Zygote is the medical term for the new entity produced when a male’s sperm penetrates a female’s egg at a moment called conception. Just to be thorough I searched this question a few different ways and it’s almost universally accepted a zygote meets the necessary criteria to be considered alive (2). Human embryologist and author of the textbook “Human Embryology” said,

“[W]e begin our description of the developing human with the formation and differentiation of the male and female sex cells or gametes, which will unite at fertilization to initiate the embryonic development of a new individual.” (3)

I found one interesting exchange involving a Ph.D. in biology who stopped short of calling a zygote an organism, but neither would she equate a zygote with a rock. She offered a great quote that well illustrates the dilemma we face:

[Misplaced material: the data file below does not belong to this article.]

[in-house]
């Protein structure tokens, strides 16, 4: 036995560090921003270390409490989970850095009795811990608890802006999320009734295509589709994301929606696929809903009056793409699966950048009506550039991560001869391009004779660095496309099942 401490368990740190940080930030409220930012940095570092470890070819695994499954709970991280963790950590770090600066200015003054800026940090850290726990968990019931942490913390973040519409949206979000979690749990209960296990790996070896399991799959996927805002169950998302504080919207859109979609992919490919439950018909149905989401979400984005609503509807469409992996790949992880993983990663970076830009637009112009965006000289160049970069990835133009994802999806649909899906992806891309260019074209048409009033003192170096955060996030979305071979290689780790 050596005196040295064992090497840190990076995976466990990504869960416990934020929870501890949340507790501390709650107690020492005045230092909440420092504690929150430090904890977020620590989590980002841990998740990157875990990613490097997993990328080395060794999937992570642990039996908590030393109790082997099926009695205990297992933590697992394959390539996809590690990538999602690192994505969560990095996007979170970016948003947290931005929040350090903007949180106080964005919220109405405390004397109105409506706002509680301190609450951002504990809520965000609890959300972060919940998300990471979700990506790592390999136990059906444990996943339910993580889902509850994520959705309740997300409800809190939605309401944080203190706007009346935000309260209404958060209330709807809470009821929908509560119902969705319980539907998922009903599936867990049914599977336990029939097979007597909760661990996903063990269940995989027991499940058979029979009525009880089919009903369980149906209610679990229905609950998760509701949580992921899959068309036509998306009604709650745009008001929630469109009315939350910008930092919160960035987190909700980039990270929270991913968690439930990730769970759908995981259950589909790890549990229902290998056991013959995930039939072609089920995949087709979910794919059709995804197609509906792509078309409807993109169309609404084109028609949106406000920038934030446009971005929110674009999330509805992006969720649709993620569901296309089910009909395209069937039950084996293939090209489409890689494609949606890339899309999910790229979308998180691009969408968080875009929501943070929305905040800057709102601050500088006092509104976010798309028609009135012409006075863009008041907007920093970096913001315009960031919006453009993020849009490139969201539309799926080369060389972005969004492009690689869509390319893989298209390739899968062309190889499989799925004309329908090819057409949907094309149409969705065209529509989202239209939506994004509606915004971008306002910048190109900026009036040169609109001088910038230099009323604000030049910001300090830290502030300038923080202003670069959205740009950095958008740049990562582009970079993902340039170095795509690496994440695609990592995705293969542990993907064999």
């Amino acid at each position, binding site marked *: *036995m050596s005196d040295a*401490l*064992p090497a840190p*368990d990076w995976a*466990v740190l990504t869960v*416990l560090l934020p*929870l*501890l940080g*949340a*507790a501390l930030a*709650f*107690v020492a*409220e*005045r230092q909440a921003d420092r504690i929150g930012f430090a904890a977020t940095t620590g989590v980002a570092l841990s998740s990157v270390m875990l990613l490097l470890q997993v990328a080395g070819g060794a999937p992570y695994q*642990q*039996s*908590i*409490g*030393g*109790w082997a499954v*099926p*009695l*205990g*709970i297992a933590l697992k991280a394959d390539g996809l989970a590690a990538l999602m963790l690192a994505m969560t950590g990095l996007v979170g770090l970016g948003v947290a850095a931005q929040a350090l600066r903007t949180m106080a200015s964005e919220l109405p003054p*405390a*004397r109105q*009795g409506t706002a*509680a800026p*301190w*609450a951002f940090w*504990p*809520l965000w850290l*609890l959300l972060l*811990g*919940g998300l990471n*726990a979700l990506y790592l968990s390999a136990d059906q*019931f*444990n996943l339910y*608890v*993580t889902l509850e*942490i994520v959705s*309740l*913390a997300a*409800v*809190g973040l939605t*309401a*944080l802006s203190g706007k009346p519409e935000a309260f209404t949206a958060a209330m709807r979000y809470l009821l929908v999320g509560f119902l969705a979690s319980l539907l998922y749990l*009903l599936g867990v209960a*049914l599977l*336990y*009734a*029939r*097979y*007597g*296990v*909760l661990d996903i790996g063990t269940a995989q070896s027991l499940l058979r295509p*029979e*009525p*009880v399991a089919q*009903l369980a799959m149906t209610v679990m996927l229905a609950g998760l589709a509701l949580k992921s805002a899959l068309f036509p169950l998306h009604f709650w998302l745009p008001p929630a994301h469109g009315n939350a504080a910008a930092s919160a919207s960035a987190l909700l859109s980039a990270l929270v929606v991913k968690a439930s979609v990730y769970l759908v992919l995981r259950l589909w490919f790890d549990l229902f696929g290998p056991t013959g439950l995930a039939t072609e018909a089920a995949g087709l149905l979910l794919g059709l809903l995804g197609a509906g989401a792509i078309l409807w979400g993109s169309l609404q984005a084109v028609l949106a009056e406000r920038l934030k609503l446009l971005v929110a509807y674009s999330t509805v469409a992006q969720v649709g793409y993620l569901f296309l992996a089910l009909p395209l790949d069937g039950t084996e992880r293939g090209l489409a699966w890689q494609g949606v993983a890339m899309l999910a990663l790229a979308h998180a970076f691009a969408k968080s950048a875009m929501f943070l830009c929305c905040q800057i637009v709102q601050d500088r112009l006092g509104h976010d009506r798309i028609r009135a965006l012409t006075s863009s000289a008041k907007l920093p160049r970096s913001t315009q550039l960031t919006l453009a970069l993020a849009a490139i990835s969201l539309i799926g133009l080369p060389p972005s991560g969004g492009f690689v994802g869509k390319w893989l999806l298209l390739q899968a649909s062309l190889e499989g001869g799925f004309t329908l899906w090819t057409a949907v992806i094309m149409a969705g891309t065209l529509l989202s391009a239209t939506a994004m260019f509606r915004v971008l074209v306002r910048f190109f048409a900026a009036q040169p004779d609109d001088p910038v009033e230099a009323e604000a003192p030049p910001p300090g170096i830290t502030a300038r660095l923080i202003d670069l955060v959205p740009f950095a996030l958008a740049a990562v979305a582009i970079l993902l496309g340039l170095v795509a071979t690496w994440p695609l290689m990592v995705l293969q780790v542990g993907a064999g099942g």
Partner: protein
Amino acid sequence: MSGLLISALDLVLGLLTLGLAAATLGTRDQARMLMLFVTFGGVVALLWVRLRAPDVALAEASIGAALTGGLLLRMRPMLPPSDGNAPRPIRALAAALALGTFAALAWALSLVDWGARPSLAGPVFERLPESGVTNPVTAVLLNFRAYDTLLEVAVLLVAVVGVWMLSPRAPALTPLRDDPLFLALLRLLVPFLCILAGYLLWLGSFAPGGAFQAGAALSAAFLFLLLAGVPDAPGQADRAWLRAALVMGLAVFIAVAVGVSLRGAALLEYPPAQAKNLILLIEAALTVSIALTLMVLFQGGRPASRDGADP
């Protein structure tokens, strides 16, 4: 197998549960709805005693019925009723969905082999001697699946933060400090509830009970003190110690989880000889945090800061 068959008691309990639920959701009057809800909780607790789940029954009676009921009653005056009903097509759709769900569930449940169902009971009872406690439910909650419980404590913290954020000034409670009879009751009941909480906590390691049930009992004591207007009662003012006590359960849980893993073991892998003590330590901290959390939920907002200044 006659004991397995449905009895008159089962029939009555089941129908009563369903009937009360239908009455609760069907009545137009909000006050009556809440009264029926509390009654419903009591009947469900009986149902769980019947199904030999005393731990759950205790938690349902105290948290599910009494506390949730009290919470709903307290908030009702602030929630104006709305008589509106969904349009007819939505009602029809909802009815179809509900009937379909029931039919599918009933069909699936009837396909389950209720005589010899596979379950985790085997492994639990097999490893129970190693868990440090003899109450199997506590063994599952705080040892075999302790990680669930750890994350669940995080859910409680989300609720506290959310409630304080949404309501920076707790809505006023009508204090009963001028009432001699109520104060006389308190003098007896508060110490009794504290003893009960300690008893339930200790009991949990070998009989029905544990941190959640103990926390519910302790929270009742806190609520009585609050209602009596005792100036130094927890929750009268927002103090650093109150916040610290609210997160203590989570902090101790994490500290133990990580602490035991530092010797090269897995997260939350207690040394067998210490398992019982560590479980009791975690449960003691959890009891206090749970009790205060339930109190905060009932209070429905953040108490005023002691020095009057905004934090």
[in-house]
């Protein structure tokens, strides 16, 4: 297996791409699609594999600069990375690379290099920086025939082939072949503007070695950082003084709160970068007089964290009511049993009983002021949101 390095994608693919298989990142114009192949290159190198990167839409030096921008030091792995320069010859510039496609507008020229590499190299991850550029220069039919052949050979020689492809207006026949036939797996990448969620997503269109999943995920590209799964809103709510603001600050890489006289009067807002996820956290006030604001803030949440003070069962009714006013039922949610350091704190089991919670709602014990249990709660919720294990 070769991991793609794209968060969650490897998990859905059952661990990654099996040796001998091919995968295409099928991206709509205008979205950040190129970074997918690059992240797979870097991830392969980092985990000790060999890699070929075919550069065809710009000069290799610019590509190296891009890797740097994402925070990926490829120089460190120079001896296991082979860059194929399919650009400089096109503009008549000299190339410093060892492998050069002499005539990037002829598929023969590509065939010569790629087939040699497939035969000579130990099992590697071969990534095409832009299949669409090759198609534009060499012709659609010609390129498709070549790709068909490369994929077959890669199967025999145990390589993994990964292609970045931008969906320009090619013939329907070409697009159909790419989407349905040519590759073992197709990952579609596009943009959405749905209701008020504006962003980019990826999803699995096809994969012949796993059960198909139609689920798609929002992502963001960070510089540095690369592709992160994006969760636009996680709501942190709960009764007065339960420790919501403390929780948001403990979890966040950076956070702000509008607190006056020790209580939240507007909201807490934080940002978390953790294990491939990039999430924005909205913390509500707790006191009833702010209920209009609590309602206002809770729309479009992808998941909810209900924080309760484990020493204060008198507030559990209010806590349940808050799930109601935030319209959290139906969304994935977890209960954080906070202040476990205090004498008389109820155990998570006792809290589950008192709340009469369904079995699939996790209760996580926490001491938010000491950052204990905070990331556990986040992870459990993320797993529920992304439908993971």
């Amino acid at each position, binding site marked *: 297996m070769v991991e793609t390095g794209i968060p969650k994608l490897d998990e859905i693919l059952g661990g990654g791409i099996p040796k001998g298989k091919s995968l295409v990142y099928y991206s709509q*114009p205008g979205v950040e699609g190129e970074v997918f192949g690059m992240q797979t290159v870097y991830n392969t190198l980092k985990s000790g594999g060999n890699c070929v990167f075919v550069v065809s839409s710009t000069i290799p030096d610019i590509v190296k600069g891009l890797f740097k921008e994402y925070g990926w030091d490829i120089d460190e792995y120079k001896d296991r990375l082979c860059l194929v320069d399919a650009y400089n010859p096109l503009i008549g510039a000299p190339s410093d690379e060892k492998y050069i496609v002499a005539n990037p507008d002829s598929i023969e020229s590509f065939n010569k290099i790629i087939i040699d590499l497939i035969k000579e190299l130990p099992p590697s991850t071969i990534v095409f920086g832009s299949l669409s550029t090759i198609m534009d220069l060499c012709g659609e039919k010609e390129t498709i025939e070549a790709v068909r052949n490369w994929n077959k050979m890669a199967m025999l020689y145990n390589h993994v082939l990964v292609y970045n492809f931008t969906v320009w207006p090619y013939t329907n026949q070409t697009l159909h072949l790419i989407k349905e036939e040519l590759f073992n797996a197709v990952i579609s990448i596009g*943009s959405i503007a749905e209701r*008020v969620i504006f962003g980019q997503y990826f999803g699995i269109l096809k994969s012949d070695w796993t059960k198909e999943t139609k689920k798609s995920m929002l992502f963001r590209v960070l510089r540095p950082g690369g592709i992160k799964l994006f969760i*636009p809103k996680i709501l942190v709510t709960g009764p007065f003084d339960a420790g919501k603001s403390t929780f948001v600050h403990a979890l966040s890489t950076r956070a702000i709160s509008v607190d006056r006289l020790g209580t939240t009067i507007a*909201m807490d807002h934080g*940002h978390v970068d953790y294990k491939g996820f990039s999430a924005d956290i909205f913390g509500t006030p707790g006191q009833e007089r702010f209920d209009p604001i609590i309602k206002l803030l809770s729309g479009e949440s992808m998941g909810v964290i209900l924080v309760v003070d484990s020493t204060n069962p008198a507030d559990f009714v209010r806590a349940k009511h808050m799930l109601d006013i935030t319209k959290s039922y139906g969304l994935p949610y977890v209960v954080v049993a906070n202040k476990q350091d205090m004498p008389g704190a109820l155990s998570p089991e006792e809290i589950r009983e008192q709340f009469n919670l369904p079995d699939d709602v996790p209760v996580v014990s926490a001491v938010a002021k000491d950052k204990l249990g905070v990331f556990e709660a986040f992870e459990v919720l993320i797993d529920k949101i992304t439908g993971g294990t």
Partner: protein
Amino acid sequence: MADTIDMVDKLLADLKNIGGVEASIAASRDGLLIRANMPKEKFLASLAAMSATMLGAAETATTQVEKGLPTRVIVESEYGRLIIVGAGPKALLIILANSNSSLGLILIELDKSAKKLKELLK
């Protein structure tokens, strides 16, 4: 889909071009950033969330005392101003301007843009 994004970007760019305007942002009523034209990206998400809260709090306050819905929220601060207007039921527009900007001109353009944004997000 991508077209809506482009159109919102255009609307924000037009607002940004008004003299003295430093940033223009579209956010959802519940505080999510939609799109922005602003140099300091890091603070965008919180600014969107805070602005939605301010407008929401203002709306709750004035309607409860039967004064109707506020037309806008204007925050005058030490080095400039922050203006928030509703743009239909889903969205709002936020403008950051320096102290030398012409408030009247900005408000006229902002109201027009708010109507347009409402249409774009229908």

But if you are trying to coerce me into a religious debate about when human life begins, then please stop here.  You are wasting your time and my time.  The question is NOT scientifically addressable, and so–as I’ve said several times before–it must remain in the realm of philosophy.

We will get back to this idea, but first let’s continue the process.

Knowing the zygote is alive doesn’t necessarily prove anything. A sunflower is alive but there is no moral or civic prohibition against killing it. There has to be more to the zygote than simple aliveness to qualify it as a person.

Alive things exist in two basic kingdoms: animal and plant. (At least that was true when I was in high school; now there are as many as six kingdoms due to the microscopic categories like Monera and Protista (4)). So before moving forward we must determine what kingdom this zygote belongs to, and more specifically what species.